• Challenges may come, but UAE's ready for it

      December 2, 2017    

    The UAE economy, resilient to global and regional headwinds, has been on a steady rebound in 2017, despite predictions of a slowdown in economic growth elsewhere in the region.

    Economists and analysts predict that the UAE - marking its 46th year as one of the fastest-growing economies in the world - is set to almost double its expansion rate in 2018.

    The Institute of International Finance (IIF) affirms that the UAE is on track to be one of the best performers among the Middle East and North African economies over the next five years as its vibrant growth continues to be driven by trade and tourism.

    "The UAE continues to be the best-managed economy in the region. It possesses large financial buffers - estimated at around $670 billion, safe-haven status, excellent infrastructure and a relatively diversified business-friendly economy, which will help the economy cope with the prolonged low oil price environment," says Garbis Iradian, chief economist for the Washington-based IIF.

    Riding a wave of diversification, particularly into tourism, non-hydrocarbon trade, and financial services, the economy is better-positioned than its peers to continue to mitigate the adverse impact of low oil prices. Hydrocarbon GDP accounts for only 30 percent of total GDP and oil exports for slightly less than 40 percent of total exports.

    The International Monetary Fund said in its latest outlook for the UAE that better days are ahead for the country with the economy right on track for a rebound with a 3.4 percent surge in 2018.

    "We expect non-oil real GDP growth to accelerate to three percent in 2017 and 3.5 percent in 2018, supported by investment and non-oil exports of goods and services. Several high-frequency economic indicators, including the Purchasing Managers' Index [PMI], retail sales and number of tourist arrivals over the first nine months of 2017, suggest improvement in sentiment and private sector activity," said the IIF.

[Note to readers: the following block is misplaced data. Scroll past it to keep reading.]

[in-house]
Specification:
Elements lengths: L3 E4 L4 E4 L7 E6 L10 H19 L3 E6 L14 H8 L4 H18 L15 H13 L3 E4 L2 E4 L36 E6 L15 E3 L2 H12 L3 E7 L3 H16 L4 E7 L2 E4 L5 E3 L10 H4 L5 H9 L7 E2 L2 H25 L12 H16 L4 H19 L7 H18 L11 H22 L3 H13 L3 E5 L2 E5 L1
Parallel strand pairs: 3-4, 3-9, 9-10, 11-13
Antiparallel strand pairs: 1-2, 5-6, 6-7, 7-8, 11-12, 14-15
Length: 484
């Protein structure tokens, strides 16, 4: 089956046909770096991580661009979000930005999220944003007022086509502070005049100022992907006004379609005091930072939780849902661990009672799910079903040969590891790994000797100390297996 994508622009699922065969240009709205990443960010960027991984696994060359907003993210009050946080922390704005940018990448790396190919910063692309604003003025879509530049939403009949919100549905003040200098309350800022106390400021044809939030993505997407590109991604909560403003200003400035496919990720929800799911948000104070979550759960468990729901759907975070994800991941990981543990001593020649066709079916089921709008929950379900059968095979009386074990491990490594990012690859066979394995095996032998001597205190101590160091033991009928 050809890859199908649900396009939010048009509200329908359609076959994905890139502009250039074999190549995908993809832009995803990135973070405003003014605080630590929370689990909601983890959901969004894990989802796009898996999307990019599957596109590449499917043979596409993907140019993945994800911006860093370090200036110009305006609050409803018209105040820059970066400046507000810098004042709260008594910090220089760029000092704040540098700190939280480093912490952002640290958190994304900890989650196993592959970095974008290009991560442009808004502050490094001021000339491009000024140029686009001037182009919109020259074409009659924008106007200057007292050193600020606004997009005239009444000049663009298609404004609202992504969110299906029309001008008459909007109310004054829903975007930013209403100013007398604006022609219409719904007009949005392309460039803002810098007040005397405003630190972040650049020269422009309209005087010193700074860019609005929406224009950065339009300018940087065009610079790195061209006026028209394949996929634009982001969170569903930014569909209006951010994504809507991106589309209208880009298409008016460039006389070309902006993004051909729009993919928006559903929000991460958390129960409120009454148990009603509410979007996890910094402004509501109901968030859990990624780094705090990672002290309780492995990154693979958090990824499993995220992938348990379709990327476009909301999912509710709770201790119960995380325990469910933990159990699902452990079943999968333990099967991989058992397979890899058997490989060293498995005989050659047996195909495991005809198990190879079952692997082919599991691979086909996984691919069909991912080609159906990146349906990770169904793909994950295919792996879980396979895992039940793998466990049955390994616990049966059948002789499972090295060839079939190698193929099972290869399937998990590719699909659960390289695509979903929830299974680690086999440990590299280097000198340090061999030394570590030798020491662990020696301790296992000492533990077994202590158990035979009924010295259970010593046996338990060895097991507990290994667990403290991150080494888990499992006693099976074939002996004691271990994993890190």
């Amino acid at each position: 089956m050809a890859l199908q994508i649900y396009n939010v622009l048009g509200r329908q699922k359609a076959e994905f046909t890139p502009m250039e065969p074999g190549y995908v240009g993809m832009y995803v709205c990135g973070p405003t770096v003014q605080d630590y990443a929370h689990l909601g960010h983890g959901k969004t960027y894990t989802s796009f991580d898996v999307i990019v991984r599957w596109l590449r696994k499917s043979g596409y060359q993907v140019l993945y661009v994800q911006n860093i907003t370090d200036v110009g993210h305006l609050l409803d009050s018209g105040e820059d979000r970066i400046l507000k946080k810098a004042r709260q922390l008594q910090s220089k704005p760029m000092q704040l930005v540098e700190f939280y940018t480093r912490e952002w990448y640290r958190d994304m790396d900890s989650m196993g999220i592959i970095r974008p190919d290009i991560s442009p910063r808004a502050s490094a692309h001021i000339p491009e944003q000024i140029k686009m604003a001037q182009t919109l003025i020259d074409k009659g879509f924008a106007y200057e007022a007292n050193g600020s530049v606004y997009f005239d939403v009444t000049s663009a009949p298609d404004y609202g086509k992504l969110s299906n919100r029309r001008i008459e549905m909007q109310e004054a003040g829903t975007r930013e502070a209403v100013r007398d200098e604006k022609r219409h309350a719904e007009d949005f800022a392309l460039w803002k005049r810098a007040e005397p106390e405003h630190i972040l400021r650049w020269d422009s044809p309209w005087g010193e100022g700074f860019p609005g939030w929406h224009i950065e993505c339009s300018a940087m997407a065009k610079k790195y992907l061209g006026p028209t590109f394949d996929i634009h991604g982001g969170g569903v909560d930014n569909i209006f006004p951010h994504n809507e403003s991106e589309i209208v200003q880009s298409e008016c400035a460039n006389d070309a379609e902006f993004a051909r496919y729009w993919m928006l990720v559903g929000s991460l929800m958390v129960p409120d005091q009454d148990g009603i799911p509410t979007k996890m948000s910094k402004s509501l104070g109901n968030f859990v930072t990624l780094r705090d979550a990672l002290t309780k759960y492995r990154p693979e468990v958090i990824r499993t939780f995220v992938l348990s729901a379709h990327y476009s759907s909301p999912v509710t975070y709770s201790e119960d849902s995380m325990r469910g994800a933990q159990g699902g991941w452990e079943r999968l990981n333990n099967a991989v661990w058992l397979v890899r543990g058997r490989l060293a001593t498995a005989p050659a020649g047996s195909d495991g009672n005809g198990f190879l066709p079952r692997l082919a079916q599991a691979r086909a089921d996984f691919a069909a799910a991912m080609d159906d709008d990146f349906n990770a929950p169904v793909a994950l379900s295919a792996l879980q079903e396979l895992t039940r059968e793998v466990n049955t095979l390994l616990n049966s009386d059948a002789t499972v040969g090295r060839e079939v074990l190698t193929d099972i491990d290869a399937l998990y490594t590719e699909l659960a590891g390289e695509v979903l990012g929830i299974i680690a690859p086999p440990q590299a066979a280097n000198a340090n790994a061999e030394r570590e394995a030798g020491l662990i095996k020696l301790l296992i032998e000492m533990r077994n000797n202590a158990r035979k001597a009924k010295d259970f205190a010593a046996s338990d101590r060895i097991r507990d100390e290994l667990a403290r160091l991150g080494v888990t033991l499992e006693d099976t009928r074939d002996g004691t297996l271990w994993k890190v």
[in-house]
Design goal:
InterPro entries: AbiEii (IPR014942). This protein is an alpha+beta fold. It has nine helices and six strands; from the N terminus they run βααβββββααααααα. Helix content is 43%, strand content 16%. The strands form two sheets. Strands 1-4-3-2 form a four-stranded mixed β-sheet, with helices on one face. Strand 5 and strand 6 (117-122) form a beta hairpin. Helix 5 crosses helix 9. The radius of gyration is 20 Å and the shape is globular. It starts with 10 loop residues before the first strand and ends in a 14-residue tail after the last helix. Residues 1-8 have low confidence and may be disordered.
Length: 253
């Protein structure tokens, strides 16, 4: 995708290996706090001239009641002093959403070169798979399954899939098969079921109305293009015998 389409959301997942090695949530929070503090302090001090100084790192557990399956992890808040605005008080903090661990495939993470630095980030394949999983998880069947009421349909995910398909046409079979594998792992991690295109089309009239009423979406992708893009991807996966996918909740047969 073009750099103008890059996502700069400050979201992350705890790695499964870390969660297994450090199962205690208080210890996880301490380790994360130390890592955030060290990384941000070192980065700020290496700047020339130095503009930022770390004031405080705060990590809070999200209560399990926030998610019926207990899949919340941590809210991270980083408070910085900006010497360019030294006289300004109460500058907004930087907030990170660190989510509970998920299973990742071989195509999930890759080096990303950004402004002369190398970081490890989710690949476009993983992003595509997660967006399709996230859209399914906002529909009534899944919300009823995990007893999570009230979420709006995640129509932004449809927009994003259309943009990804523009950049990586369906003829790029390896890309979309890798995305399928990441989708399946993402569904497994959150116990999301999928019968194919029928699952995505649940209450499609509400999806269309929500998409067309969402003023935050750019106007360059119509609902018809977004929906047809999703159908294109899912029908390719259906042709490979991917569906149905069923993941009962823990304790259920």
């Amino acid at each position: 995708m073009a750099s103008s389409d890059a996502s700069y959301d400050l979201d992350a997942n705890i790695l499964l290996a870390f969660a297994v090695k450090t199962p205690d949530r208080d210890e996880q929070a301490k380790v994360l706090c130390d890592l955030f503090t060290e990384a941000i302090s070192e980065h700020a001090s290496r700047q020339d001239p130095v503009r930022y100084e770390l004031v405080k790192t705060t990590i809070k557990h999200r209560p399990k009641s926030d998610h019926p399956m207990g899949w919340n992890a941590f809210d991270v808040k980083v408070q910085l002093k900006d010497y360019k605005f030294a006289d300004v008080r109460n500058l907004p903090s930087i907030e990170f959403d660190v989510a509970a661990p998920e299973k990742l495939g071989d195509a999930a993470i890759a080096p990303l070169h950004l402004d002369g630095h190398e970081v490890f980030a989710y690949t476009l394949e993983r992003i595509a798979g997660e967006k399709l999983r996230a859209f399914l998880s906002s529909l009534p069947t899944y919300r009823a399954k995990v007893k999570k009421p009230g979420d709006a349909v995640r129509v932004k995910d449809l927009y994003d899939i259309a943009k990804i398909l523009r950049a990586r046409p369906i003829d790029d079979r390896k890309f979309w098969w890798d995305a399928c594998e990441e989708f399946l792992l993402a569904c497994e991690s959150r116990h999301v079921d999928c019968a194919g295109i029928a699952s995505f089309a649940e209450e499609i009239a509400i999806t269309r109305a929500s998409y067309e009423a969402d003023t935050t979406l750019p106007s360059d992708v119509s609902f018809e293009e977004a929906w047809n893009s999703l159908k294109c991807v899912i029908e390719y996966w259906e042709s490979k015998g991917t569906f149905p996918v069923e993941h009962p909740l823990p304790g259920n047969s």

Banks in the UAE are well-regulated and supervised and continue to weather the effects of low oil prices and the moderation in non-oil economic activity. Most analysts expect annual credit growth to recover from 1.7 percent at end-2017 to about five percent in 2018.

    Sultan bin Saeed Al Mansouri, UAE Minister of Economy, said that the outlook for the economy is brightening despite regional and global macroeconomic challenges.

    "With two years into Expo 2020 Dubai, the economic growth momentum is expected to pick up on the back of a vibrant non-oil sector as the country remains on track to establish a diverse knowledge- and innovation-driven economy," Al Mansouri said.

    The World Bank official, however, stressed the need for the private sector to drive most of the economic growth, and private-public-partnership models will be very important in securing that. He believes that the privatization drive will help prop up the capital markets.

    In the most recent edition of the Global Competitiveness Report 2017-18, issued by the World Economic Forum, the UAE topped the Arab world and ranked 17th globally in the global competitiveness ranking. The report also ranked the UAE among the top 20 competitive economies globally for the fifth consecutive year. The country also maintained its ranking to be among the world's most significant innovation-based economies for the 11th successive year.


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